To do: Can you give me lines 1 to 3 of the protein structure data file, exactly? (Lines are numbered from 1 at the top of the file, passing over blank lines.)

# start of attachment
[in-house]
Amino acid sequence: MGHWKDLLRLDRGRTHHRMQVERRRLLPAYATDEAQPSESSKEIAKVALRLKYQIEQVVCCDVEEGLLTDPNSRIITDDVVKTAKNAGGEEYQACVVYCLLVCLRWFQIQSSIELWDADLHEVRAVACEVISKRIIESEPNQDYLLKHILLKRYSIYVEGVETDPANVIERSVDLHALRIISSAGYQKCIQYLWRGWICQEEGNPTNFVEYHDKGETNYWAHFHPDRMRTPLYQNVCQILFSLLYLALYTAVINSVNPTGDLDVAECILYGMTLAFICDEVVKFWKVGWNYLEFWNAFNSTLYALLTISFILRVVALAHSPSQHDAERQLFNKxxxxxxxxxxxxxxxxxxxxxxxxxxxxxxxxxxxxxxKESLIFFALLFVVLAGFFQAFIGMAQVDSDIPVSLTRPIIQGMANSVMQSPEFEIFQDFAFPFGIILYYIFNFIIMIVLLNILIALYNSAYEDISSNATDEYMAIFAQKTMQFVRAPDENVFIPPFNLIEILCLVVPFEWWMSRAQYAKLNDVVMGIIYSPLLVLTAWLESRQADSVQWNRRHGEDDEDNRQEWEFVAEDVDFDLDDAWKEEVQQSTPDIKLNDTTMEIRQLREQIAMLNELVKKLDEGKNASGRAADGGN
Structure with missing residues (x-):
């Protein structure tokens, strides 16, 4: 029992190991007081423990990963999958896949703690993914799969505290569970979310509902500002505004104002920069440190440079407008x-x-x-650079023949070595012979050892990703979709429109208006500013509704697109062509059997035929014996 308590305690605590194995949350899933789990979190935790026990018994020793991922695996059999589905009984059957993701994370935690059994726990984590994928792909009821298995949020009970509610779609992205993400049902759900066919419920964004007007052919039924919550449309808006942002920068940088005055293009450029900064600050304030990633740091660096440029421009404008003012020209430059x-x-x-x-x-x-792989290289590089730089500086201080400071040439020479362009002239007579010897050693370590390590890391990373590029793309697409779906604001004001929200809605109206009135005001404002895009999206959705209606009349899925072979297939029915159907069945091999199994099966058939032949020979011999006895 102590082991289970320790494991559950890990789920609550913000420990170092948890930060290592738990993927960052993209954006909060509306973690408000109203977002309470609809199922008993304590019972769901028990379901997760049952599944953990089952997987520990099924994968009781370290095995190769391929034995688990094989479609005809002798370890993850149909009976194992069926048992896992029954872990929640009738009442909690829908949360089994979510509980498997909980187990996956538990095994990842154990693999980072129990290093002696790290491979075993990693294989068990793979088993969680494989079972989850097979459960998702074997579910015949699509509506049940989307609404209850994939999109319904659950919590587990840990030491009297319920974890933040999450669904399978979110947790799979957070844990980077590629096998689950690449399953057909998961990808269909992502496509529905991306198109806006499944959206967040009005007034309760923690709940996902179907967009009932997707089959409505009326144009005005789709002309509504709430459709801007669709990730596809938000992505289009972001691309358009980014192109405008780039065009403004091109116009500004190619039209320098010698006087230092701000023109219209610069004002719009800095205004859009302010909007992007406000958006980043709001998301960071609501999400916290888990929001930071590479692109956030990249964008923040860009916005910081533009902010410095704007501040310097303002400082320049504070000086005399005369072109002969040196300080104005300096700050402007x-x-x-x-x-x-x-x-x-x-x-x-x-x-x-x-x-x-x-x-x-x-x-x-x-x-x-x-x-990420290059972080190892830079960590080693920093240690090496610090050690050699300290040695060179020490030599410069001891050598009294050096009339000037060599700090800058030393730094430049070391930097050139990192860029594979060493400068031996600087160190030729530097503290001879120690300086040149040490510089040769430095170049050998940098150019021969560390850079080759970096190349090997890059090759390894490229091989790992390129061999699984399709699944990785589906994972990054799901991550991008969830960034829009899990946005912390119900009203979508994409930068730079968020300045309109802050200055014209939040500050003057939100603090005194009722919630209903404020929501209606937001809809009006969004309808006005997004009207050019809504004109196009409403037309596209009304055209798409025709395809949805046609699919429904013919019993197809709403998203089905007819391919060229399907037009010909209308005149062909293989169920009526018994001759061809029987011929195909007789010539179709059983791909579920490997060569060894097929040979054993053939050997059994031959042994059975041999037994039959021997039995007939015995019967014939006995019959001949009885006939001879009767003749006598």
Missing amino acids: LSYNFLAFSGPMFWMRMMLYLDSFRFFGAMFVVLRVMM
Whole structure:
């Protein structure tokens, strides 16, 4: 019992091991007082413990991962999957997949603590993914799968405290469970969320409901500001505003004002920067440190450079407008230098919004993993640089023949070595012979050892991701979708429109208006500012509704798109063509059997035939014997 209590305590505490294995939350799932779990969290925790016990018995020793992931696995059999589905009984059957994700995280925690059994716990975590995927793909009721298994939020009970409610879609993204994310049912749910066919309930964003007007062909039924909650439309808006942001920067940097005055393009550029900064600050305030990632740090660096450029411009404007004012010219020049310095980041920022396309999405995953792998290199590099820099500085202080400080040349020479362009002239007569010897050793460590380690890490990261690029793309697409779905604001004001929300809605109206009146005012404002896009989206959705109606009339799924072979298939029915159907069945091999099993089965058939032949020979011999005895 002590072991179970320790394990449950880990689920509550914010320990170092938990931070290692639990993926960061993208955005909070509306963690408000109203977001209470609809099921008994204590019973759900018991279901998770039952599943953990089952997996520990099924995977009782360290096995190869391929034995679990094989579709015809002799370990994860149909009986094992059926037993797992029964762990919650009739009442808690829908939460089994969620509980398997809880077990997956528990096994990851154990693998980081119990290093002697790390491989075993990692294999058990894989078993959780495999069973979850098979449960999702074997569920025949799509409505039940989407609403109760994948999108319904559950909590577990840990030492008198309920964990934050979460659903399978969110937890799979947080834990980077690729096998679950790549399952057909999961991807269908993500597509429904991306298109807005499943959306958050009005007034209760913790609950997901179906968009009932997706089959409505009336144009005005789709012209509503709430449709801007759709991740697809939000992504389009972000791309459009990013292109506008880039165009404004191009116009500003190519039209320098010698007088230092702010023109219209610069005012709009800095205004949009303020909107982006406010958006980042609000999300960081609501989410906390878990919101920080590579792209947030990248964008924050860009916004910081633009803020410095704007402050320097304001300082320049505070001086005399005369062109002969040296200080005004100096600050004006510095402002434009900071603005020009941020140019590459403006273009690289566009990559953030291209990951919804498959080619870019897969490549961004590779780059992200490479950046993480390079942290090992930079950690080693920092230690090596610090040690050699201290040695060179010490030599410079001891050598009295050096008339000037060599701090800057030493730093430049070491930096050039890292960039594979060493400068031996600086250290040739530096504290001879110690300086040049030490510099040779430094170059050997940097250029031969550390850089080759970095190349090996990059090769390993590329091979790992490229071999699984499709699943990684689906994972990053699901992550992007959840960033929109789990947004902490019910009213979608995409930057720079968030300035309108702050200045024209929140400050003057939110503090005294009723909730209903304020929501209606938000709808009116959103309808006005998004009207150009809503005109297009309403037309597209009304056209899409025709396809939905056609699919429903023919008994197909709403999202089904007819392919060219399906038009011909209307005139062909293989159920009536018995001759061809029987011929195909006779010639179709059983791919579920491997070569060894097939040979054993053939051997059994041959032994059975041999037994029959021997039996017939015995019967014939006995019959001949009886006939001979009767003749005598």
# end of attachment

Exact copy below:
[in-house]
Amino acid sequence: MGHWKDLLRLDRGRTHHRMQVERRRLLPAYATDEAQPSESSKEIAKVALRLKYQIEQVVCCDVEEGLLTDPNSRIITDDVVKTAKNAGGEEYQACVVYCLLVCLRWFQIQSSIELWDADLHEVRAVACEVISKRIIESEPNQDYLLKHILLKRYSIYVEGVETDPANVIERSVDLHALRIISSAGYQKCIQYLWRGWICQEEGNPTNFVEYHDKGETNYWAHFHPDRMRTPLYQNVCQILFSLLYLALYTAVINSVNPTGDLDVAECILYGMTLAFICDEVVKFWKVGWNYLEFWNAFNSTLYALLTISFILRVVALAHSPSQHDAERQLFNKxxxxxxxxxxxxxxxxxxxxxxxxxxxxxxxxxxxxxxKESLIFFALLFVVLAGFFQAFIGMAQVDSDIPVSLTRPIIQGMANSVMQSPEFEIFQDFAFPFGIILYYIFNFIIMIVLLNILIALYNSAYEDISSNATDEYMAIFAQKTMQFVRAPDENVFIPPFNLIEILCLVVPFEWWMSRAQYAKLNDVVMGIIYSPLLVLTAWLESRQADSVQWNRRHGEDDEDNRQEWEFVAEDVDFDLDDAWKEEVQQSTPDIKLNDTTMEIRQLREQIAMLNELVKKLDEGKNASGRAADGGN
Structure with missing residues (x-):